- By Blake Hounshell
Blake Hounshell is managing editor at Foreign Policy, having formerly been Web editor. Hounshell oversees ForeignPolicy.com and has commissioned and edited numerous cover stories for the print magazine, including National Magazine Award finalist "Why Do They Hate Us?" by Mona Eltahawy. He also edits The Cable, FP's first foray into daily original reporting, and was editor of Colum Lynch's Turtle Bay, which in 2011 won a National Magazine award for best reporting in a digital format.
Blake joined Foreign Policy in 2006 after living in Cairo, where he studied Arabic, missed his Steelers finally win one for the thumb, and worked for the Ibn Khaldun Center for Development Studies. Blake was a 2011 finalist for the Livingston Awards prize for young journalists for his reporting on the Arab uprisings, and his Twitter feed was named one of Time magazine's "140 Best Twitter Feeds of 2011." Under his leadership, in 2008, Passport, FP's flagship blog, won Media Industry Newsletter's "Best of the Web" award in the blog category. Along with Elizabeth Dickinson, he edited Southern Tiger: Chile's Fight for a Democratic and Prosperous Future, the memoirs of former Chilean president Ricardo Lagos, published by Palgrave Macmillan in 2012.
A graduate of Yale University, Blake speaks mangled Arabic and French, is an avid runner, and lives in Washington with his wife, musician Sandy Choi, and their toddler, David. Follow him on Twitter @blakehounshell.
Dan Drezner howls at the Maldives government’s brilliant stunt of holding an underwater cabinet meeting (more photos here and here) to make the case that “if we can’t save the Maldives today, you can’t save the rest of the world tomorrow,” and wonders if “a rational, cost-benefit analysis of how to allocate climate change resources between mitigation and adaptation” would really redound to the benefit of such small-island countries.
I doubt it — and the world has already pretty much already decided to let these nations drown. Back in 2007, when I attended the U.N.’s high-level meeting on climate change, one of the issues on the table was what level of global warming we could all tolerate. Was it 1 degree celsius, which was already upon us? One-point-five? Two?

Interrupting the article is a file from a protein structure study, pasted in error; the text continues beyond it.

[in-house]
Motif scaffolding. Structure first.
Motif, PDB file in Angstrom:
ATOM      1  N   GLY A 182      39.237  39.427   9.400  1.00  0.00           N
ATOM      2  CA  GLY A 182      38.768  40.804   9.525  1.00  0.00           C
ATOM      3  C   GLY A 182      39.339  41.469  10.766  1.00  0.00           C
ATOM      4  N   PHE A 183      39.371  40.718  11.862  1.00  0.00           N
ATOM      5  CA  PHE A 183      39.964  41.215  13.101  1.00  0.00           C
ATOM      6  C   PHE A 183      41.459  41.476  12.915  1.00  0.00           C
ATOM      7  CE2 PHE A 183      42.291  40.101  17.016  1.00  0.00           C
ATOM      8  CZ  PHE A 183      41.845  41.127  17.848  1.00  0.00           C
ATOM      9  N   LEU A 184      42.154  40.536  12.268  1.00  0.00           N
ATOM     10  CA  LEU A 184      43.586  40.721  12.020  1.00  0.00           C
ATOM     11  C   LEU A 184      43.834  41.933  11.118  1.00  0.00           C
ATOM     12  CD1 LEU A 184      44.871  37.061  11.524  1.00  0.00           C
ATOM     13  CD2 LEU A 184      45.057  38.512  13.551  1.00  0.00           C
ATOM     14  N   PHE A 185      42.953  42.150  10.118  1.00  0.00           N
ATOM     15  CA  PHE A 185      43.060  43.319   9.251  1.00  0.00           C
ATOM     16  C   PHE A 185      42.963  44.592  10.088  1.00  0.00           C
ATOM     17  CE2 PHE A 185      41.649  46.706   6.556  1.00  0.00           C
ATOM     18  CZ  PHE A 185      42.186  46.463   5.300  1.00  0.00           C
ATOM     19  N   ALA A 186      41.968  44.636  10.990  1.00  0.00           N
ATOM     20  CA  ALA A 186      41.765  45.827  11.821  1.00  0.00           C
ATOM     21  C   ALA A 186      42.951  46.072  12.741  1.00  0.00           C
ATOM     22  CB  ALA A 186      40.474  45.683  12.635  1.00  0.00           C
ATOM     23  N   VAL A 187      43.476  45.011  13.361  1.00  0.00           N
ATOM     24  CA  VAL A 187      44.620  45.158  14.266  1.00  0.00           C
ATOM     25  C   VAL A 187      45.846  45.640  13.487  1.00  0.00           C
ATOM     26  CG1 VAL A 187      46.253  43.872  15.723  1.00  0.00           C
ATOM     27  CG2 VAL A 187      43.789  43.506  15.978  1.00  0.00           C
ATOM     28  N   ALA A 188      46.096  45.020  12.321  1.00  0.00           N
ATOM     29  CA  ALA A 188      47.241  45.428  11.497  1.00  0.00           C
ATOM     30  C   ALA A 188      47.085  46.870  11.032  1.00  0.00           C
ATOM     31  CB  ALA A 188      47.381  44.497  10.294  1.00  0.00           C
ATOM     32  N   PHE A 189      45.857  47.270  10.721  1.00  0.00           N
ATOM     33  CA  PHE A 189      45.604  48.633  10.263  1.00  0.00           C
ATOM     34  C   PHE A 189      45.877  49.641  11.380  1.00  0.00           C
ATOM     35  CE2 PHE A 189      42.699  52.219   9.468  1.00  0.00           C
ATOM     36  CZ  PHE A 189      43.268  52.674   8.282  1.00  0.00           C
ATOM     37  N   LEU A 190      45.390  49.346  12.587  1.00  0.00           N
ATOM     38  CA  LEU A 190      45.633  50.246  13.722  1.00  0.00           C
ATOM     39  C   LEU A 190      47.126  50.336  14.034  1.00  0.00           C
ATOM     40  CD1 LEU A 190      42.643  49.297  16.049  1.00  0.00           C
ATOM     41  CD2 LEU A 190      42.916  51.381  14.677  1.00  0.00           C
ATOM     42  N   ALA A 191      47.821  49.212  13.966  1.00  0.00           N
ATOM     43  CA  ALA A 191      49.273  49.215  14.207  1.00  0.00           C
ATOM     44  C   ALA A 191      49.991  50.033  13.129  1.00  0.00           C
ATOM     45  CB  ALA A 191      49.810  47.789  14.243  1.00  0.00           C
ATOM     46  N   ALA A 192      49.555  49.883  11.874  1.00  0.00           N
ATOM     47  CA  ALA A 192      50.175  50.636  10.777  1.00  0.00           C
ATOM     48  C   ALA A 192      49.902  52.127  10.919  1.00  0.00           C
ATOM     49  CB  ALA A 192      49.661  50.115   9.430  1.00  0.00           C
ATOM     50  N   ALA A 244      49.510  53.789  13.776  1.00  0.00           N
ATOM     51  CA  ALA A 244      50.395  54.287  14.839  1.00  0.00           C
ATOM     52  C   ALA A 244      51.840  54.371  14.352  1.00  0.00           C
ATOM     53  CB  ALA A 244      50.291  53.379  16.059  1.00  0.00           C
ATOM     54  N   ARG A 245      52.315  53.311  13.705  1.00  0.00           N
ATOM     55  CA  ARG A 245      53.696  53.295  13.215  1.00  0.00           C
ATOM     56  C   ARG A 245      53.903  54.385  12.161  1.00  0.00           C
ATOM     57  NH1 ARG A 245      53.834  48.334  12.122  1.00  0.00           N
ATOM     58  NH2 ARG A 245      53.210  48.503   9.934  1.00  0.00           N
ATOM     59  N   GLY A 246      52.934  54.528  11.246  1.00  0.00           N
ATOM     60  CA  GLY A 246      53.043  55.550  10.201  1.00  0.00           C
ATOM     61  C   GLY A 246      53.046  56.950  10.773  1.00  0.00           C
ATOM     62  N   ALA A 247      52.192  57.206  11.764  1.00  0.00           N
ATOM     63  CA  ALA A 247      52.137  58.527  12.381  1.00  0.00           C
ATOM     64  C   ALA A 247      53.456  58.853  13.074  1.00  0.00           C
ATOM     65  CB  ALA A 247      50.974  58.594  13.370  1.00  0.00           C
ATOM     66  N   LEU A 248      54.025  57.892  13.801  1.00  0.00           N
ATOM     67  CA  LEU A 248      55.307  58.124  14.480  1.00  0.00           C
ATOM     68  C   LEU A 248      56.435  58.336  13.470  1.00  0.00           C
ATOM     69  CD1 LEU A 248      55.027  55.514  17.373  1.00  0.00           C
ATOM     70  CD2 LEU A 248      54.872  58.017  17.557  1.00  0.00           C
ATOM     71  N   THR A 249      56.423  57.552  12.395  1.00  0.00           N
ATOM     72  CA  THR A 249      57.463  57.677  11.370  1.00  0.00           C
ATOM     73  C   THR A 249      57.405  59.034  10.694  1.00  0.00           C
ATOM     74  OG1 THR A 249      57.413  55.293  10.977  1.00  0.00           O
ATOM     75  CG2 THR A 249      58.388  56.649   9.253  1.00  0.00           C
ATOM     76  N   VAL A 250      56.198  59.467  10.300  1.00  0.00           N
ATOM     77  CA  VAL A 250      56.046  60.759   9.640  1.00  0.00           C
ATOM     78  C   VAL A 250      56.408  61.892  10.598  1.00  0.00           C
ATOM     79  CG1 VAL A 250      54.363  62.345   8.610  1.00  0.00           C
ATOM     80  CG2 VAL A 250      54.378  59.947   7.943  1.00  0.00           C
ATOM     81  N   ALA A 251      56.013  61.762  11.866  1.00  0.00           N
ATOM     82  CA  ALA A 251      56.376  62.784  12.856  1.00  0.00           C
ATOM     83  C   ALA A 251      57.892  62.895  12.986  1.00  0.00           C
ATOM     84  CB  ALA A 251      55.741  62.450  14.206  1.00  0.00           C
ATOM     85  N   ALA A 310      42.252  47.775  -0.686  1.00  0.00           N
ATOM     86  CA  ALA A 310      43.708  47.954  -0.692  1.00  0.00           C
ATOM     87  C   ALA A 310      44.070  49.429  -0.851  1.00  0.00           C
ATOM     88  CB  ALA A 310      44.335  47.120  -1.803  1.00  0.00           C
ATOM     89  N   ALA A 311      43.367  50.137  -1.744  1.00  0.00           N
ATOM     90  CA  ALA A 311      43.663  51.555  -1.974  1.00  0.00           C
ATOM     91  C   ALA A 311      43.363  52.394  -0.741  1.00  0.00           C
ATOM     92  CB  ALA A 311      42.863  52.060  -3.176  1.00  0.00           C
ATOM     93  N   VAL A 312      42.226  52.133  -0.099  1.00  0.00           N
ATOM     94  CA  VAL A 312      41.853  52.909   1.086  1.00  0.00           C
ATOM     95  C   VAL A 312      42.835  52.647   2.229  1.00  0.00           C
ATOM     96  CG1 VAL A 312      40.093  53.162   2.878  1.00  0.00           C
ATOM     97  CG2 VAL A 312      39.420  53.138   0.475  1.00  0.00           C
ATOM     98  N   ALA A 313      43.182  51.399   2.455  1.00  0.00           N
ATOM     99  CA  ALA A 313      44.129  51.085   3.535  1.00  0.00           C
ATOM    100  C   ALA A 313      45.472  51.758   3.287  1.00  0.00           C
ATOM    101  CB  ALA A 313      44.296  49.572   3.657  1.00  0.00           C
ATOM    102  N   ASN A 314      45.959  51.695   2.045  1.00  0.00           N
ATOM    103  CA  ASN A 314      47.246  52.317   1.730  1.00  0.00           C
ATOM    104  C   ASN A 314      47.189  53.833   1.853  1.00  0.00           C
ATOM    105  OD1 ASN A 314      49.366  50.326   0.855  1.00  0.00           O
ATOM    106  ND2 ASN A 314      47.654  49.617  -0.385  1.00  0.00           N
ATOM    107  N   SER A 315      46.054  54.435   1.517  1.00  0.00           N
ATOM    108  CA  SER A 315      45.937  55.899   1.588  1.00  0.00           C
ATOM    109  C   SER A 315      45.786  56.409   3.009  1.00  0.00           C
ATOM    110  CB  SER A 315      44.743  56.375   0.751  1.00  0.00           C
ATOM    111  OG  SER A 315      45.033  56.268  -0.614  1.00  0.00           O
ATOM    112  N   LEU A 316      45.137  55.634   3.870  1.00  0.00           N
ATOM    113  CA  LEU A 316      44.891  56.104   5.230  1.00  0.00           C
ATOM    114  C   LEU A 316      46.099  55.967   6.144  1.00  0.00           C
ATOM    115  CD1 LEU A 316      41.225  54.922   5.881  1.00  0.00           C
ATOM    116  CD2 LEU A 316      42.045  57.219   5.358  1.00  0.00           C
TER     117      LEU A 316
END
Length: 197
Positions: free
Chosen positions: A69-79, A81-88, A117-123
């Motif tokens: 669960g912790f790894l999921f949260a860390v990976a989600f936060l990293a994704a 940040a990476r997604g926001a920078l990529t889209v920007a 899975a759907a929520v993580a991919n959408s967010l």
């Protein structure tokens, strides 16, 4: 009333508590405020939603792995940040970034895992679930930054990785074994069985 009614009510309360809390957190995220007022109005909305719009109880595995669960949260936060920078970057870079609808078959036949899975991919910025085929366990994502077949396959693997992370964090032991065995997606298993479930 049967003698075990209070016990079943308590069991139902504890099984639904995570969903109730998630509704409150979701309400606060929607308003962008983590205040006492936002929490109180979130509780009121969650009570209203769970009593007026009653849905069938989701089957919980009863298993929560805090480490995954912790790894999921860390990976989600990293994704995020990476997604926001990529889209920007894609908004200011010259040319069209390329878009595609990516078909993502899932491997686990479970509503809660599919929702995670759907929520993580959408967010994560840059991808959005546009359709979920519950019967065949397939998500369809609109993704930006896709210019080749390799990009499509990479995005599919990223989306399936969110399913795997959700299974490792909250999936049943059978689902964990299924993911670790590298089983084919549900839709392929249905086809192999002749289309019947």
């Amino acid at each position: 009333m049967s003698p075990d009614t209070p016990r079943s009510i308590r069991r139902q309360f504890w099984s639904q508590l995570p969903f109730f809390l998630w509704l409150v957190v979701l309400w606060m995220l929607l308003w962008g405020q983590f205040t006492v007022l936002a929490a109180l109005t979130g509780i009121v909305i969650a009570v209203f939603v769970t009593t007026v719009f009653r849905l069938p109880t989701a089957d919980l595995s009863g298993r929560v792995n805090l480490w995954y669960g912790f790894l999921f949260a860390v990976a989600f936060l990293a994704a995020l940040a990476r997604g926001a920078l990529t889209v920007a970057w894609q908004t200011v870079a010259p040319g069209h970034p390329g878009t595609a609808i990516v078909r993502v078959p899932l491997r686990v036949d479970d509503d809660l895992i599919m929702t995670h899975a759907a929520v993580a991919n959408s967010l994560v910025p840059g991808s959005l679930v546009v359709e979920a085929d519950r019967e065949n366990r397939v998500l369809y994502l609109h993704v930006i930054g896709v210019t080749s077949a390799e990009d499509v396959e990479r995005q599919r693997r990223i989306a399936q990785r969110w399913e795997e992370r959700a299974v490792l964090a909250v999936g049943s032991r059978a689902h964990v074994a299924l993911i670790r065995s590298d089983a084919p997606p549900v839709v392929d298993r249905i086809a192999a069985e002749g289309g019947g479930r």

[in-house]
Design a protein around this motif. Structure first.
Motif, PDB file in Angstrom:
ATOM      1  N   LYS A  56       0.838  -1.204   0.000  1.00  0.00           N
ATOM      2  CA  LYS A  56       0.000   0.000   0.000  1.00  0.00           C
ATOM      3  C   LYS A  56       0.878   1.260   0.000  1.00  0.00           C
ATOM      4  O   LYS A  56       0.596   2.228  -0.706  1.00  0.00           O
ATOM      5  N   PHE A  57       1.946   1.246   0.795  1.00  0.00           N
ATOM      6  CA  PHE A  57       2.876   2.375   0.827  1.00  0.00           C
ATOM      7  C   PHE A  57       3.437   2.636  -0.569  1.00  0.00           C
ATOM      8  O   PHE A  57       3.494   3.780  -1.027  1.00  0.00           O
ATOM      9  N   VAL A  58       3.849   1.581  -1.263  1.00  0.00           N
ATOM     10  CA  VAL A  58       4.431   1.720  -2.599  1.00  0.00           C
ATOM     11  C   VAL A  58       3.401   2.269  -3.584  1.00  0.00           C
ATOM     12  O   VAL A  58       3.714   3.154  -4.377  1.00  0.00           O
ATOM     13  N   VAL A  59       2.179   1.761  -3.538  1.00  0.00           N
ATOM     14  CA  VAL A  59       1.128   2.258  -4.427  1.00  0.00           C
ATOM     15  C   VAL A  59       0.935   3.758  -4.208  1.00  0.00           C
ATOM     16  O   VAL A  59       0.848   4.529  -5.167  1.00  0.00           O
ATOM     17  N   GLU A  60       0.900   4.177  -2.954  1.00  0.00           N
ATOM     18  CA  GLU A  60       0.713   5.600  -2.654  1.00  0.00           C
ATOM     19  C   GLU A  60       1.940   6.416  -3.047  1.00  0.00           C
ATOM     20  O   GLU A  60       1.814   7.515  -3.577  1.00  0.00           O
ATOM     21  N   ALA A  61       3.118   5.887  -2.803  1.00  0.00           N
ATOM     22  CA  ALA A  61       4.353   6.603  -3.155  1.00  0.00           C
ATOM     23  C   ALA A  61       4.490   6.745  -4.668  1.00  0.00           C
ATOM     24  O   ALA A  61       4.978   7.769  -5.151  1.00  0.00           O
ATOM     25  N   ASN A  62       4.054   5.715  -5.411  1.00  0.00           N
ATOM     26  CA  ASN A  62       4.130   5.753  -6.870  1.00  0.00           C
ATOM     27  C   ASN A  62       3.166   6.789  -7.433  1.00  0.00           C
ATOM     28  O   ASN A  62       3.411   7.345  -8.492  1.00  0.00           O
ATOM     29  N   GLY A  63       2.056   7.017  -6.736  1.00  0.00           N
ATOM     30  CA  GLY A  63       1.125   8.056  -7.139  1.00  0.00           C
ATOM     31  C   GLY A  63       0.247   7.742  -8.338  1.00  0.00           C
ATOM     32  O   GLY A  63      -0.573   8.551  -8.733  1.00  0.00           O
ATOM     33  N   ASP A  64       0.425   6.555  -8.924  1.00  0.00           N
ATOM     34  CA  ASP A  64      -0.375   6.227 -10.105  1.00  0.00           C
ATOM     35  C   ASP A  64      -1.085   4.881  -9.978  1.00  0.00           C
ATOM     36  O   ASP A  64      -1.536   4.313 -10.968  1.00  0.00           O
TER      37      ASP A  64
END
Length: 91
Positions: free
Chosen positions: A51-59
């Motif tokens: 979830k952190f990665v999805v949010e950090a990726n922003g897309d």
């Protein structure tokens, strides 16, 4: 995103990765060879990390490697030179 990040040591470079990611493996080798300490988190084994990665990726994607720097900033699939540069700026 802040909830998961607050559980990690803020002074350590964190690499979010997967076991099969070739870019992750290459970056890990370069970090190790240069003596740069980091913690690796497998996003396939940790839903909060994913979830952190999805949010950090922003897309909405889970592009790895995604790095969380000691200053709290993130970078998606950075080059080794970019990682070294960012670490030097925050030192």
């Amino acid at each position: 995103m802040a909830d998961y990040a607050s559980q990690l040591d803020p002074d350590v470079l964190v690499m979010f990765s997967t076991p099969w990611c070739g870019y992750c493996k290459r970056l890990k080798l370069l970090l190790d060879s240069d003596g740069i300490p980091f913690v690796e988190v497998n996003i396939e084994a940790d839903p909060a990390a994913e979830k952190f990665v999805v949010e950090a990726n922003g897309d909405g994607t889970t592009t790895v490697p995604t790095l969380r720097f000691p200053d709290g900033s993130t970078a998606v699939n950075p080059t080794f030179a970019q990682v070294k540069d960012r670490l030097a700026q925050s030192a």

The island countries, which have their own caucus in the General Assembly, were calling for 1.5 degrees (and still are). I remember being shocked, however, at their level of disorganization. Given that climate change is such an existential threat to them, why did they only announce their press conference on the matter 15 minutes beforehand, and why did they only send their U.N. ambassadors, rather than the heads of state? I think I was one of three members of the press in attendance.
The Maldives’ new president, Mohammed Nasheed, seems a little more media-savvy than his predecessor, the dictator Mamoon Abdul Gayoom. He has to be: The highest point in the Maldives is just under 8 feet, and the country’s average elevation is somewhere between 4 and 7 feet. But that’s the average — most of the country is still lower than that, and the U.N.’s climate panel estimated in 2007 that sea levels would rise anywhere from 7.2 to 23.2 inches, which would make the Maldives extremely vulnerable to storm surges or major sea swells (it should be noted that the U.N. report emphasized that its sea-level projections were “not an upper bound”). If current trends hold, by the end of this century, the bulk of the country’s 300,000 inhabitants will have to find other places to live.
But in calling for the 1.5 degree target, Nasheed seems to be fighting a battle he’s already lost. In the end, a rough scientific and political consensus has settled around 2 degrees — and even with that, very little has been done to make the emissions cuts needed, and there are certainly no binding commitments to do so. Would 2 degrees of warming doom the Maldives? I don’t know. But it sure looks to me like the world’s power brokers are willing to roll the dice on this one.